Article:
By Jon Dougherty, editor-in-chief
In another sign that the Trump administration’s ‘get tougher’ approach with Bejing regarding trade policies and theft of U.S. technology is working, Chinese Vice PremierÂ Liu He is expected to invite POTUS Donald Trump to additional talks with President Xi Jinping during an Oval Office meeting on Thursday.
The invite would come ahead of a March 1 deadline when the Trump administration is scheduled to impose additional tariffs on another $200 billion worth of goods and sevices imported from China, though a Trump-Xi meeting could come after that, the South China Morning Post reported.
Quoting a business lobbyist in close consultations with Trump administration trade negotiators, the paper said that at the White House meeting Liu is expected to â€œformally, on behalf of President Xi, make that offer for the two presidents to meetâ€, said Myron Brilliant, executive vice-president and head of international affairs at the U.S. Chamber of Commerce.
Brilliant made his remarks during a conference call with reporters. He has been in contact with members of the administration’s trade team, which is currently in the final day of a two-day high-stakes session in Washington with a delegation from China headed by Liu.
â€œThereâ€™s question marks about the location and question marks about the timing,â€ said Brilliant, according to the SCMP.
He noted that a meeting could occurr after the March 1 deadline, when the administration is expected to impose tariffs of 10 to 25 percent hundreds of billions of Chinese goods if no trade deal is reached.
On Thursday, POTUS Trump hinted that a deal could be in the offing, or that more time would be granted to make one.
â€œThis is going to be a very big dealâ€, he said, â€œor it’s going to be a deal that weâ€™ll just postpone for a little.â€
An agreement for the two leaders to meet might be the most substantial one to come from the two-day talks. Brilliant said there had not been much progress on Chinese demands for technology transfers as well as industrial subsidies.
But regardless of what is discussed, ultimatelyÂ â€œno deal that doesnâ€™t have trust and verification components is going to be a good deal that will get the blessing of the president of the United States or the business community,” Brilliant said.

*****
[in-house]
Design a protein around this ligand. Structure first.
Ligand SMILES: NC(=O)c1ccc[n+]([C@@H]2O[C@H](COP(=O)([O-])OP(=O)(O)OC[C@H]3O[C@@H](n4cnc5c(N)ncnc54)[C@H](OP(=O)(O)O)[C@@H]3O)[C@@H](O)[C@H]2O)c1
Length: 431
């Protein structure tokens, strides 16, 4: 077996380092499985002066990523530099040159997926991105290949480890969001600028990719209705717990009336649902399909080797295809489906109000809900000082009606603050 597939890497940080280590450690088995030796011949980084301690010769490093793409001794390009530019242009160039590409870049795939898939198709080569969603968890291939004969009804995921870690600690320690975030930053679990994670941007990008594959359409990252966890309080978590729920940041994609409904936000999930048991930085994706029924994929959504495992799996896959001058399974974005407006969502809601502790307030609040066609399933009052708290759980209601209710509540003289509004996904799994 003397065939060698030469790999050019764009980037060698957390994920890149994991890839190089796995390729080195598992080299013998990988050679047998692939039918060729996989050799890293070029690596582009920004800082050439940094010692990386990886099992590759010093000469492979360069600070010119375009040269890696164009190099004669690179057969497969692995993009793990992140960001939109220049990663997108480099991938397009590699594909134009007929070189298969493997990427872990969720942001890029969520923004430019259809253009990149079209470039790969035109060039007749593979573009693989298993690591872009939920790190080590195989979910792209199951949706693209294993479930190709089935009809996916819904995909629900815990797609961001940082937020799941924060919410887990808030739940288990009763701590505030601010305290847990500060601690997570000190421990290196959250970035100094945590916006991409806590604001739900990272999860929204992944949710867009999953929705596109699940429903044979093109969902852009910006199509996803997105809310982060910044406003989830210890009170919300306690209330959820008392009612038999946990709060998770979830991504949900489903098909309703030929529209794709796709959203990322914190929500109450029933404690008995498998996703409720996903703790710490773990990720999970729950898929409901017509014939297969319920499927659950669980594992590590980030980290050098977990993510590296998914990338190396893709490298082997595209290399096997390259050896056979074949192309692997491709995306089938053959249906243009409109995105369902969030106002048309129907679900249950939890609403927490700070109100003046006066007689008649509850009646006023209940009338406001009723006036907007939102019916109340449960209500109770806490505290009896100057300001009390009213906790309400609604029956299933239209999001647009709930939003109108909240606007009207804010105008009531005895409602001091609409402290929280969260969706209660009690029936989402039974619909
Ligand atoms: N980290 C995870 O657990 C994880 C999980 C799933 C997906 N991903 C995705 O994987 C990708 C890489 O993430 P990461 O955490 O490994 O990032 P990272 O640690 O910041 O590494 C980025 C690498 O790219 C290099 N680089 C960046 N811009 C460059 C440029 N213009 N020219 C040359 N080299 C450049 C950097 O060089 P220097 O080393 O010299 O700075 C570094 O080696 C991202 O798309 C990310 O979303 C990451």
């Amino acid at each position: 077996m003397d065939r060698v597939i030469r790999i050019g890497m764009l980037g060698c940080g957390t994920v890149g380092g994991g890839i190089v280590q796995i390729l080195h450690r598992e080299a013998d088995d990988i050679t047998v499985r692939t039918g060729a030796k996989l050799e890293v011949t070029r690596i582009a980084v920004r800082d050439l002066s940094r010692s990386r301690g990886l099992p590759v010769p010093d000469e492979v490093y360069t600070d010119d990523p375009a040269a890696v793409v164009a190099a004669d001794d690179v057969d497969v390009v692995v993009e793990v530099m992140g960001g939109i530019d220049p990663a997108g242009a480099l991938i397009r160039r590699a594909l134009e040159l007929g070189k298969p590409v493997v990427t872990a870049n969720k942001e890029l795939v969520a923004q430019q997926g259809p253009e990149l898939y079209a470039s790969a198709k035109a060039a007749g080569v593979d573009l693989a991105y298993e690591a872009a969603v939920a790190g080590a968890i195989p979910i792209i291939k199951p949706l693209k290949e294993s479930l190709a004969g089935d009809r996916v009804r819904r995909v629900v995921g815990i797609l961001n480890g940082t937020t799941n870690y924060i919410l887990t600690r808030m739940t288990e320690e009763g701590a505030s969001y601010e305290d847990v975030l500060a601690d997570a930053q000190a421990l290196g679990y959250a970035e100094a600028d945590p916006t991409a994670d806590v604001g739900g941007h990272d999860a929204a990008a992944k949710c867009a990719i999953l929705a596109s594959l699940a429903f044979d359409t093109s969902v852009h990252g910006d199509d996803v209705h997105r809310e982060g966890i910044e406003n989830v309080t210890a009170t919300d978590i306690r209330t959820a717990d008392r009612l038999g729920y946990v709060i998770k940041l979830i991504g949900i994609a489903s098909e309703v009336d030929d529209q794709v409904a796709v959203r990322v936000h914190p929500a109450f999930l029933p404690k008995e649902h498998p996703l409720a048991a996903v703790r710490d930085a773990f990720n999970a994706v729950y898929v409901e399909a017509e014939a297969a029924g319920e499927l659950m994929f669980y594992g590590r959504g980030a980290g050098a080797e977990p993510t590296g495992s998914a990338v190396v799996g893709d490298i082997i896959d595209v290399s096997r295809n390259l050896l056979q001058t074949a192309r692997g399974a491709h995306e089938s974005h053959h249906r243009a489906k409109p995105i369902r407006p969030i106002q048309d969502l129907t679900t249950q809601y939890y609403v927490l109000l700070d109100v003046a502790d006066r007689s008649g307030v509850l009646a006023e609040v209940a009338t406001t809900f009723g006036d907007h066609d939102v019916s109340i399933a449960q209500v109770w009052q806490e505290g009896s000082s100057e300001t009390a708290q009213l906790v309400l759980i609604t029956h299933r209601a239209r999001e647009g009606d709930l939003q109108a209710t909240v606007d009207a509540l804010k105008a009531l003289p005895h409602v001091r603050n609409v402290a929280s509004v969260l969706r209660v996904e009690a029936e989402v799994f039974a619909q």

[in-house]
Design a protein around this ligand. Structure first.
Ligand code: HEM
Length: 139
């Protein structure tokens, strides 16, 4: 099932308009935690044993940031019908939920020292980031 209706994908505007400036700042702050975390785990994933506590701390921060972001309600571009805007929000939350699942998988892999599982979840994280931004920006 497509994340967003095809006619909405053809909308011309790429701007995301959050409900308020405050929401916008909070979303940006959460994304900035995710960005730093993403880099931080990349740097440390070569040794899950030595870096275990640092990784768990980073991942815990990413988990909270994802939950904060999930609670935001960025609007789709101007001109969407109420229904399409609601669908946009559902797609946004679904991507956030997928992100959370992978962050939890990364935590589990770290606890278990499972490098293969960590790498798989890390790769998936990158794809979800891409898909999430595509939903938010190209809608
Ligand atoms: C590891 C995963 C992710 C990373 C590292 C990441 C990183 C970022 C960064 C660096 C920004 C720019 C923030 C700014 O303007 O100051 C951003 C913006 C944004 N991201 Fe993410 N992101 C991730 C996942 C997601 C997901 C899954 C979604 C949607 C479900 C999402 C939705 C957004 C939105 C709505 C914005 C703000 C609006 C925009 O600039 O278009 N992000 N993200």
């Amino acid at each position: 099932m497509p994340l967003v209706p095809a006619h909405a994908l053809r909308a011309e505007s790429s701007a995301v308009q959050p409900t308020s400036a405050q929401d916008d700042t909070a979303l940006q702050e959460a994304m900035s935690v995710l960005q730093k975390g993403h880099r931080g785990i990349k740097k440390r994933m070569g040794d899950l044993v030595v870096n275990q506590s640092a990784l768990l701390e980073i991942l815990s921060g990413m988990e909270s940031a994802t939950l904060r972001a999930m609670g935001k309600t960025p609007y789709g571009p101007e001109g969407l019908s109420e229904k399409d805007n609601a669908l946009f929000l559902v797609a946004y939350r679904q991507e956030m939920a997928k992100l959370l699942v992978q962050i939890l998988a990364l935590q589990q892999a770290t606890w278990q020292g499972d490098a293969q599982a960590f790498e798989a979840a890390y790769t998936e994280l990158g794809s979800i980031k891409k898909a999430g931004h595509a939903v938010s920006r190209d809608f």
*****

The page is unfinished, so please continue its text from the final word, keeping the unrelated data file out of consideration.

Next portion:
Earlier, we reported that the Chinese Communist Party leadership was becoming unsettled by the lingering trade war and tariffs after the country’s economy slowed noticably for the first time in decades.
After leadersÂ wrapped up a four-day conference in Beijing in whichÂ Wang Huning, the partyâ€™s ideology adviser and its fifth most powerful member, called on cadres in the provinces to fightÂ â€œa tough battleâ€ in controlling risks, Xinhua reported.
In an address to the assembled party leaders, Wang recounted a growing list of risks to internal stability that Beijing is facing as the trade war drags on and tariffs are taking a bite out of Chinese economic growth, which is the slowest since 1990.
Also,Â Li Ruogu, the one-time head ofÂ the Export and Import Bank of China (China EXIM), the massive state-owned lending institution that provides funding to foreign companies for the purchase of Chinese-made goods and services, said this month heÂ pleaded with the government to avoid a tit-for-tat trade war with the United States, according to the transcript of a just-published speech from September.
â€œWhen the weak side is fighting a war against the strong side, the weak side must know how to make a retreat. It will not work if the weak side only knows how to fight head-to-head,â€ Li said, according to the speech transcript.
â€œTherefore, I suggest that we must pick our battles. A concession is not a surrender, it is intended to win the advantages [down the road]. I donâ€™t think a tit-for-tat approach is workable in the U.S.-China trade dispute,â€ Li added.
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